he had to endure, including being imprisoned in Piombi, the famous infernal jail, which he wouldn’t have escaped from without a wholehearted desire to live? Venetians the lot of them, and they were not steeped in the black ink of the canals but in the red blood of jubilation. They would be shocked to hear their city would one day symbolize what perishes, what comes to pass, what dies. “This country, in its current state, is still perhaps the most joyful of Europe,” noted Stendhal in 1815, before the dangers mentioned above cast their shadow on this natural inclination. Carnival, which would last six months, was the popular manifestation of their taste for partying.
City of Women Look at Titian’s Venus, the allegory of physical pleasure. Look at Giorgione’s nymph, the glorification of motherhood. Look at Tintoretto’s luscious Suzanne being ogled by old men. Are they not all filled with a powerful potion? In this regard, Venice should be seen as the city of women, just as Florence is seen as the city of men. Donatello, Michelangelo, and Benvenuto Cellini paint or sculpt erect men—and lean men at that.
Giovanni Bellini, Giorgione, Titian, Véronèse and Palma the Elder paint women, mostly ones whose opulent flesh finds maximum development in a reclining position. Venus lounging, Danae mute under a golden rain—these are symbolic figures of Venice, just as David is the presiding genius of Florence. Venice is entirely a female city, a town lying down, displayed, full of the shadowy folds of female secrets carpeting the ends of deep alleys.
It is also a blond city, making it an exception in brunette Italy. In the golden age of Venice, women would sit on balconies wearing wide straw hats with the tops cut out in order to protect their faces from being sunburnt yet allow their hair to lighten. Such was the recipe for the famous “Venetian blond.”
Music City Finally, Venice is a musical city. Everywhere there is the murmur of water, like a continuous bass. Need I remind you that in many of the church paintings that so delight us we see an angel at the Madonna’s feet, playing the violin in glory, like Giovanni Bellini’s winged teenager in San Zaccaria? There is also the fact that the painters themselves willingly played instruments, as evidenced by the large Veronese canvas in the Louvre, The Wedding at Cana, where the quartet has been identified as Titian on bass, Tintoretto on guitar and Veronese himself on the cello.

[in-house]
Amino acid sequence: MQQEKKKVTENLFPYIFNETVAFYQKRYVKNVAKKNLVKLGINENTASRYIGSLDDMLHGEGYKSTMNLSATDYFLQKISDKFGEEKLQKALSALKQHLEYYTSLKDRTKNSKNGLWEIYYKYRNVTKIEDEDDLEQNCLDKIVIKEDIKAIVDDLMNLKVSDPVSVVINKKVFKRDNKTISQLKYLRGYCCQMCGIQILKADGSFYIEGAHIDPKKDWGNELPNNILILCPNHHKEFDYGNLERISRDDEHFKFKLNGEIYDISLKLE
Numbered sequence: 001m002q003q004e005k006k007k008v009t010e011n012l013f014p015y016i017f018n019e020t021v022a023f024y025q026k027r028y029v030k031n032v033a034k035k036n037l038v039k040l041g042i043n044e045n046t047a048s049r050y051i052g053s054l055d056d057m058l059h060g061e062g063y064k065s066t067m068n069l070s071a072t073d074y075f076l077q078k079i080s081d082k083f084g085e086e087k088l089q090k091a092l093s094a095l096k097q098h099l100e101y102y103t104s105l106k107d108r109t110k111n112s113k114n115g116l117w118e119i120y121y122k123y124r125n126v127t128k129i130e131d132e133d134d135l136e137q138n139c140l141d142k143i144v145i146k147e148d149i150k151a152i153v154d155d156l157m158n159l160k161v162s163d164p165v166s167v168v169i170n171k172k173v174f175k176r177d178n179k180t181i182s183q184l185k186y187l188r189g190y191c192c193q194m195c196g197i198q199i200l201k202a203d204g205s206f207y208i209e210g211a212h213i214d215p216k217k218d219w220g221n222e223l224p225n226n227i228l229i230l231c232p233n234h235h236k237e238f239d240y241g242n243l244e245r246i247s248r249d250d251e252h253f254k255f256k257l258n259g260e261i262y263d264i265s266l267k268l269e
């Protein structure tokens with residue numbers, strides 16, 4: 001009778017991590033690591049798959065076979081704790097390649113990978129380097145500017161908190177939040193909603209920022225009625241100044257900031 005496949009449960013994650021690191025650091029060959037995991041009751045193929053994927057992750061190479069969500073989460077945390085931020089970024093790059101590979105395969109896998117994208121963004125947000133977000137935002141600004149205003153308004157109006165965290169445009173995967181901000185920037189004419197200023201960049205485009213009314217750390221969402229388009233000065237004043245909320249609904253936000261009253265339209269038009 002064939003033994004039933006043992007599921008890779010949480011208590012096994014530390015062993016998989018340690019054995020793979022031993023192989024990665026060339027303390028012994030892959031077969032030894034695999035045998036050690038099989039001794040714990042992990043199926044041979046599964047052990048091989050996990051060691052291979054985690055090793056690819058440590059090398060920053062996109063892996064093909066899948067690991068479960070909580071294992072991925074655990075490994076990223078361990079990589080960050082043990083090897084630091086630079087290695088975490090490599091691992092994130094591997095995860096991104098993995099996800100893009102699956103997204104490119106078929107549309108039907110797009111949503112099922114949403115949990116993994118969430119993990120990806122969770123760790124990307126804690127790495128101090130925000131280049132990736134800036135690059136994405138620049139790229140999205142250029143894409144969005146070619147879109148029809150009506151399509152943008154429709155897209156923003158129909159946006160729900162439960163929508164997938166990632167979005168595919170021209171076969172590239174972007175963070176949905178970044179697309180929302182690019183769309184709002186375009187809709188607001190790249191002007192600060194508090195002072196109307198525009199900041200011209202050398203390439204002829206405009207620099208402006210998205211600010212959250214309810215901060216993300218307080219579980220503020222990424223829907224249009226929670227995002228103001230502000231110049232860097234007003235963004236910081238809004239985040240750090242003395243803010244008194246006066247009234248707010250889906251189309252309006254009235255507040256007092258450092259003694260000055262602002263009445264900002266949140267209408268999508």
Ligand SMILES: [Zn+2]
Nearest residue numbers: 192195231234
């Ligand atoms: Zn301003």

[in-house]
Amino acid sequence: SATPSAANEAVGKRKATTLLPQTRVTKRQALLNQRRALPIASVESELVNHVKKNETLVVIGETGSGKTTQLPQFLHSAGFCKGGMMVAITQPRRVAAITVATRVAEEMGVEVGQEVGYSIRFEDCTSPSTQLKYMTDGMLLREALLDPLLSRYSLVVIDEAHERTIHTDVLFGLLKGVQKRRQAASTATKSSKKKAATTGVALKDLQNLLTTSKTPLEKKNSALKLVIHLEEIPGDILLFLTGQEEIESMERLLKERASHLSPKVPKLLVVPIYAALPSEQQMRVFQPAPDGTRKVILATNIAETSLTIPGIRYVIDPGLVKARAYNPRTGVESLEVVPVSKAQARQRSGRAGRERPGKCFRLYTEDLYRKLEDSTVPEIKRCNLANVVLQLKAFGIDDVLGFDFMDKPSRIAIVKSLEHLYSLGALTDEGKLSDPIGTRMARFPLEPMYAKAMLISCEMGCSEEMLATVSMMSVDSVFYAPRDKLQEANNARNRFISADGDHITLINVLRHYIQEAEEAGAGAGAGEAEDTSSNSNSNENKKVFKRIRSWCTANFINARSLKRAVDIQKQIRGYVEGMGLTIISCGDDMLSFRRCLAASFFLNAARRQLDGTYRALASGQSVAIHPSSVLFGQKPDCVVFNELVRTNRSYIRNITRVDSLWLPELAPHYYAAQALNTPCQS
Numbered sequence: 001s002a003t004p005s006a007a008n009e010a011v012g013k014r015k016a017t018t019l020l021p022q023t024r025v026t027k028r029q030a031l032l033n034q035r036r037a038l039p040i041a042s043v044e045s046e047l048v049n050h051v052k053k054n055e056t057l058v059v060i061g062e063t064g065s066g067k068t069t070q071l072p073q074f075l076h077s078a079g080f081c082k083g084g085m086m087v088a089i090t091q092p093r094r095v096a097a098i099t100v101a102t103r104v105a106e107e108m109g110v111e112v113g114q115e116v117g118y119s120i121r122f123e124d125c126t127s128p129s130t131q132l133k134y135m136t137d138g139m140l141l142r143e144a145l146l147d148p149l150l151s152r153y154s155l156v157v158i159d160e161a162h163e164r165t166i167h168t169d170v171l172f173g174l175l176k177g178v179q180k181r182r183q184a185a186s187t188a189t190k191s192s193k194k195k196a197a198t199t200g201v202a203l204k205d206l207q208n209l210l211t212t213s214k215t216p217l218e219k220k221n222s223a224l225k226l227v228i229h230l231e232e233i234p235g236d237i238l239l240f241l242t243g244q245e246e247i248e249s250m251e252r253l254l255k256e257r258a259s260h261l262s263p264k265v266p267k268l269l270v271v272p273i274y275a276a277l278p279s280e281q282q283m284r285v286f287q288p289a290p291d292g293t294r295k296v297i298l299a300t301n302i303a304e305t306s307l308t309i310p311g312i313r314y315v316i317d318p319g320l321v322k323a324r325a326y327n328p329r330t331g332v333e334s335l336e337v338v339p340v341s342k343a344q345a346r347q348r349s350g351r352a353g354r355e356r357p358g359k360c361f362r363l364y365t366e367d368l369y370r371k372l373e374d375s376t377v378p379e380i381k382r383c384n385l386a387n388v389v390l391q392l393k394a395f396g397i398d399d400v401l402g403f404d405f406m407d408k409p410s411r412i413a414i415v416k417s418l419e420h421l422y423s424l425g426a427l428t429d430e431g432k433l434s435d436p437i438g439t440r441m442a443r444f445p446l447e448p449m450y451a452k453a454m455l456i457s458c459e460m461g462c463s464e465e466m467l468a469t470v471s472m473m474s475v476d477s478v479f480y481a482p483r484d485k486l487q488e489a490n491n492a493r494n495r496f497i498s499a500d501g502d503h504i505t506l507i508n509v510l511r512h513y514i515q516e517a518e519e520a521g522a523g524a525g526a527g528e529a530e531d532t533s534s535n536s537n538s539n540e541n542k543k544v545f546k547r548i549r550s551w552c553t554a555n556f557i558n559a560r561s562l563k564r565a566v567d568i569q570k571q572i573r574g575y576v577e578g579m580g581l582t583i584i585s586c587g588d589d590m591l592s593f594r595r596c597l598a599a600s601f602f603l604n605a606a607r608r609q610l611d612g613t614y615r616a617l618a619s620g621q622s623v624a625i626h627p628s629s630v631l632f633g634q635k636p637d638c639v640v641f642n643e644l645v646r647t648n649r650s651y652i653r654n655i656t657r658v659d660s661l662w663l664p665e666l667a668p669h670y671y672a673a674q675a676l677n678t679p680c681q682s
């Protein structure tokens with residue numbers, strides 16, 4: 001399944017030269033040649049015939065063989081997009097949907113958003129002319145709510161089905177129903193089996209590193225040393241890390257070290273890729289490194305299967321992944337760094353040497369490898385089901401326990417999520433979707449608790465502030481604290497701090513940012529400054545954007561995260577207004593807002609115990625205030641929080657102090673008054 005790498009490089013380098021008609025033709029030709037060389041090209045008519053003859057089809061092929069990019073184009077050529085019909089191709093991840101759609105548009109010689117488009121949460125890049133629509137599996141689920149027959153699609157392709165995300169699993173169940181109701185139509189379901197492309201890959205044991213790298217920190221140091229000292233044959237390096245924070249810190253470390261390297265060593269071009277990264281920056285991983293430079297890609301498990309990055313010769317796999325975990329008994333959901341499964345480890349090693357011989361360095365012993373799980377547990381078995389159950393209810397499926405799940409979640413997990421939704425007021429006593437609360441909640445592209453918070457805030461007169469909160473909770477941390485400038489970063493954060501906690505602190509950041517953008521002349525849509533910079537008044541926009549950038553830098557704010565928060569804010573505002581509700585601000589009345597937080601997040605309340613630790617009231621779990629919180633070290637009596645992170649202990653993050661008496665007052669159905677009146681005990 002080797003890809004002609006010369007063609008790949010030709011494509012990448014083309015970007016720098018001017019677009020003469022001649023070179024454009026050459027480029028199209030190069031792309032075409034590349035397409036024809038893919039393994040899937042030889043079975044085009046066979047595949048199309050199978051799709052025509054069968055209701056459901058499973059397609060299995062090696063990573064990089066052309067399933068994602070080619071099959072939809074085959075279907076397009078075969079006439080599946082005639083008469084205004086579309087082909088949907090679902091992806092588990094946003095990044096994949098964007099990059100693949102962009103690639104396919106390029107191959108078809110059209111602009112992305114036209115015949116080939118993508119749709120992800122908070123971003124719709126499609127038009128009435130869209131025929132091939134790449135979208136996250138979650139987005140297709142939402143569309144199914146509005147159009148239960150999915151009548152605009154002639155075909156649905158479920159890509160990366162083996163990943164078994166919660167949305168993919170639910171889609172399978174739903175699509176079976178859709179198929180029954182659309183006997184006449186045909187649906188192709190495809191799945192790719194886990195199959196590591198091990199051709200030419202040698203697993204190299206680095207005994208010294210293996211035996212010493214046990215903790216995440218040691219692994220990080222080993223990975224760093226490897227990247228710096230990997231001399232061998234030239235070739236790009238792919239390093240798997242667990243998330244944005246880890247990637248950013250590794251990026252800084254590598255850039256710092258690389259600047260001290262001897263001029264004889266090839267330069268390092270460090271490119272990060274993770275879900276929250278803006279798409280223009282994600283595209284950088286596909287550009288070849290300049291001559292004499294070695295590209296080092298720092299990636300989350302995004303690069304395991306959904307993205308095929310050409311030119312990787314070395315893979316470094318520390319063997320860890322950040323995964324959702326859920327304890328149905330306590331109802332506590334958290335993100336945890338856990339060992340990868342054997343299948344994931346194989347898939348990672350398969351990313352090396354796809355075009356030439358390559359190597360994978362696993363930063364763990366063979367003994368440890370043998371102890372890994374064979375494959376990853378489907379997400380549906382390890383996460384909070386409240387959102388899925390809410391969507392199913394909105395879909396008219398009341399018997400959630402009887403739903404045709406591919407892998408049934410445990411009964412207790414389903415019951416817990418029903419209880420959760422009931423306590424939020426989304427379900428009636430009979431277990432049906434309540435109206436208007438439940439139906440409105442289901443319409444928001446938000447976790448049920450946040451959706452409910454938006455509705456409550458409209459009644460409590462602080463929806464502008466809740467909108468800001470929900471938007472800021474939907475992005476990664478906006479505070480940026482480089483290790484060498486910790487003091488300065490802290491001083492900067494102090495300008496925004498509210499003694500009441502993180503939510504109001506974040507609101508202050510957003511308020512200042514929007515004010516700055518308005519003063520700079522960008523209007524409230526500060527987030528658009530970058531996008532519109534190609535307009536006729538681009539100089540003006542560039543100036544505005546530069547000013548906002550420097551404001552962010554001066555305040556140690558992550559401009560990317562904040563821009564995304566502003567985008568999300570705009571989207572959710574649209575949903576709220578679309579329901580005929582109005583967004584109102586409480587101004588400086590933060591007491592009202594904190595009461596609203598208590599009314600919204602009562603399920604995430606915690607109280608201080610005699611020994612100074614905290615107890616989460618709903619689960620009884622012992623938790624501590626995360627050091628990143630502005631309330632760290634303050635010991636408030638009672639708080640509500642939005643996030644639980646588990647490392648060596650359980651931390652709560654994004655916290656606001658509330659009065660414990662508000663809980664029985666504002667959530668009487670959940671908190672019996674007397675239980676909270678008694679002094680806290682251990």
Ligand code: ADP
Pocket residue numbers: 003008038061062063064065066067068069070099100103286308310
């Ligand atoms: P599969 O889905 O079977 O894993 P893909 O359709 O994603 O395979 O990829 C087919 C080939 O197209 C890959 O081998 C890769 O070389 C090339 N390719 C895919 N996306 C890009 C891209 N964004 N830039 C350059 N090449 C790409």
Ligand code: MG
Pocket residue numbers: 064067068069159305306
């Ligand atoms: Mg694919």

Tiepolo’s angels play the trumpet in heaven and his female characters, the mandolin. “We sing all over the squares, streets and canals,” wrote Goldoni, and Goethe marveled at hearing the gondoliers setting Tasso’s or Ariosto’s stanzas to music. If songs have replaced high poetry today, it’s still not uncommon for a voice to rise up from a street corner and intone a long melody that floats along on the water.
The first public Italian opera was opened in Venice, in 1637, followed by sixteen others until the end of that century. All but one have disappeared, the delicious San Giovanni Crisostomo, renamed Malibran, which continues to host performances. As for the Fenice, one of the most beautiful opera houses in the world, it dates from 1790. A trip to Venice without an evening at La Fenice would be like visiting Paris without a walk through Montmartre.
Rossini chose this theater to create L’Italiana in Algiers, Verdi La Traviata and Rigoletto, and Stravinsky for his only opera, The Rake’s Progress. Stravinsky asked to be buried in Venice, in the ultra poetic San Michele island cemetery next to the Russian ballet master Diaghilev’s grave, who had commissioned Petrushka and The Rite of Spring from him.
Vitally Modern Venice is not all about the past. It is not just a maze of ancient streets, not only a bevvy of splendid museums housing classical painting, not just the glory of the Doges epoch; it is also the city in Italy where contemporary art shares the spotlight. The Guggenheim Museum, the François Pinault Foundation at Palazzo Grassi and the Dogana da Mar, and the great masses that come to the Biennale polish the centuries- old patina. Another witness to the vitality of Venice is the international film festival on the Lido, Mostra, which has unveiled legendary directors like Kurosawa, Bergman, Bresson, Godard, Antonioni, Pasolini, Nanni Moretti and hundreds more.
Oh, who could possibly still say it’s only attractive for the images of decay it offers up to melancholic souls? In the waters of the lagoon, we have every right to draw on the happiness that comes with feeling of our time and part of the scene in this constant renewal of energy and artistic creation.
*Dominic Fernaned: French writer of novels, essays and travel books. In 1982 he won the Prix Goncourt for his novel about Pier Paolo Pasolini and in 2007 he was elected a member of the Académie française. He taught in Naples at the French Institute, then Italian literature at the University of Haute-Bretagne at Rennes.